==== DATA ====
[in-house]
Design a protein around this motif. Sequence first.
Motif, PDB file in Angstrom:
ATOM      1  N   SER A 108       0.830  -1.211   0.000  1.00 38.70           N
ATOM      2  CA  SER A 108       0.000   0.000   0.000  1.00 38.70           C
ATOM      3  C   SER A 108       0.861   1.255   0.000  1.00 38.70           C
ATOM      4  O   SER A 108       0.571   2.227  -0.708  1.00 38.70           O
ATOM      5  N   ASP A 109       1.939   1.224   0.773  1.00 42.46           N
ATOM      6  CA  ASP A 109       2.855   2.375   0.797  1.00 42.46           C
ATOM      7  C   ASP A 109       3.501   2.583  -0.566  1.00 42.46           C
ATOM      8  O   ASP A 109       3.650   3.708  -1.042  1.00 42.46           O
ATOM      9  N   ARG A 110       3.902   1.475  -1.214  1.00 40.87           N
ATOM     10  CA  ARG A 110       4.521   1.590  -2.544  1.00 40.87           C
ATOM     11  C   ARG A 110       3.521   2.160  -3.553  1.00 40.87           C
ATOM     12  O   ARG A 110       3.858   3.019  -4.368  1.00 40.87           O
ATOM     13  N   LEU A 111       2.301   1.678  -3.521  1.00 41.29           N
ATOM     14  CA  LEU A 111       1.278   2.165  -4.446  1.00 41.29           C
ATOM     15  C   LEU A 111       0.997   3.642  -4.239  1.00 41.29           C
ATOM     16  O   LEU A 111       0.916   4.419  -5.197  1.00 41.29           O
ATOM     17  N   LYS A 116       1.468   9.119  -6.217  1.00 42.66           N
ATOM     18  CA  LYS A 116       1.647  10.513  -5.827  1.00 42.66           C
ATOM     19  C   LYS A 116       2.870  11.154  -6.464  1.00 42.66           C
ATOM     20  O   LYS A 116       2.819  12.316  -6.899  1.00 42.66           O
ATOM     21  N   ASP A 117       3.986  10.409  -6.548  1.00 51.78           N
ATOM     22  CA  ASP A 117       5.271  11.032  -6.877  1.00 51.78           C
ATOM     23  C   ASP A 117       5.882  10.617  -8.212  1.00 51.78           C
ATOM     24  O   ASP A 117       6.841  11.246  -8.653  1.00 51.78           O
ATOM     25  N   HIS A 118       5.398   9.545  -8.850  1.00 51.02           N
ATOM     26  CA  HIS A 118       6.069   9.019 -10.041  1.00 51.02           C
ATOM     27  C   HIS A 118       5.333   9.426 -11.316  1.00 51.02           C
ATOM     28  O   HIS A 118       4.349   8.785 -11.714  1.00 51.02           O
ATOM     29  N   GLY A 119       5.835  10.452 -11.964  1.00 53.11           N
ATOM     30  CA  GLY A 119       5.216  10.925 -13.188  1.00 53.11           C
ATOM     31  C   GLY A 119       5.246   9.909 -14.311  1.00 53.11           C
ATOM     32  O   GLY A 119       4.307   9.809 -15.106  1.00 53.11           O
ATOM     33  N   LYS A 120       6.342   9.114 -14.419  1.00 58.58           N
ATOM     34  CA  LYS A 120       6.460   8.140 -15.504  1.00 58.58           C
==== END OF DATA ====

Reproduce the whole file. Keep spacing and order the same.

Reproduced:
[in-house]
Design a protein around this motif. Sequence first.
Motif, PDB file in Angstrom:
ATOM      1  N   SER A 108       0.830  -1.211   0.000  1.00 38.70           N
ATOM      2  CA  SER A 108       0.000   0.000   0.000  1.00 38.70           C
ATOM      3  C   SER A 108       0.861   1.255   0.000  1.00 38.70           C
ATOM      4  O   SER A 108       0.571   2.227  -0.708  1.00 38.70           O
ATOM      5  N   ASP A 109       1.939   1.224   0.773  1.00 42.46           N
ATOM      6  CA  ASP A 109       2.855   2.375   0.797  1.00 42.46           C
ATOM      7  C   ASP A 109       3.501   2.583  -0.566  1.00 42.46           C
ATOM      8  O   ASP A 109       3.650   3.708  -1.042  1.00 42.46           O
ATOM      9  N   ARG A 110       3.902   1.475  -1.214  1.00 40.87           N
ATOM     10  CA  ARG A 110       4.521   1.590  -2.544  1.00 40.87           C
ATOM     11  C   ARG A 110       3.521   2.160  -3.553  1.00 40.87           C
ATOM     12  O   ARG A 110       3.858   3.019  -4.368  1.00 40.87           O
ATOM     13  N   LEU A 111       2.301   1.678  -3.521  1.00 41.29           N
ATOM     14  CA  LEU A 111       1.278   2.165  -4.446  1.00 41.29           C
ATOM     15  C   LEU A 111       0.997   3.642  -4.239  1.00 41.29           C
ATOM     16  O   LEU A 111       0.916   4.419  -5.197  1.00 41.29           O
ATOM     17  N   LYS A 116       1.468   9.119  -6.217  1.00 42.66           N
ATOM     18  CA  LYS A 116       1.647  10.513  -5.827  1.00 42.66           C
ATOM     19  C   LYS A 116       2.870  11.154  -6.464  1.00 42.66           C
ATOM     20  O   LYS A 116       2.819  12.316  -6.899  1.00 42.66           O
ATOM     21  N   ASP A 117       3.986  10.409  -6.548  1.00 51.78           N
ATOM     22  CA  ASP A 117       5.271  11.032  -6.877  1.00 51.78           C
ATOM     23  C   ASP A 117       5.882  10.617  -8.212  1.00 51.78           C
ATOM     24  O   ASP A 117       6.841  11.246  -8.653  1.00 51.78           O
ATOM     25  N   HIS A 118       5.398   9.545  -8.850  1.00 51.02           N
ATOM     26  CA  HIS A 118       6.069   9.019 -10.041  1.00 51.02           C
ATOM     27  C   HIS A 118       5.333   9.426 -11.316  1.00 51.02           C
ATOM     28  O   HIS A 118       4.349   8.785 -11.714  1.00 51.02           O
ATOM     29  N   GLY A 119       5.835  10.452 -11.964  1.00 53.11           N
ATOM     30  CA  GLY A 119       5.216  10.925 -13.188  1.00 53.11           C
ATOM     31  C   GLY A 119       5.246   9.909 -14.311  1.00 53.11           C
ATOM     32  O   GLY A 119       4.307   9.809 -15.106  1.00 53.11           O
ATOM     33  N   LYS A 120       6.342   9.114 -14.419  1.00 58.58           N
ATOM     34  CA  LYS A 120       6.460   8.140 -15.504  1.00 58.58           C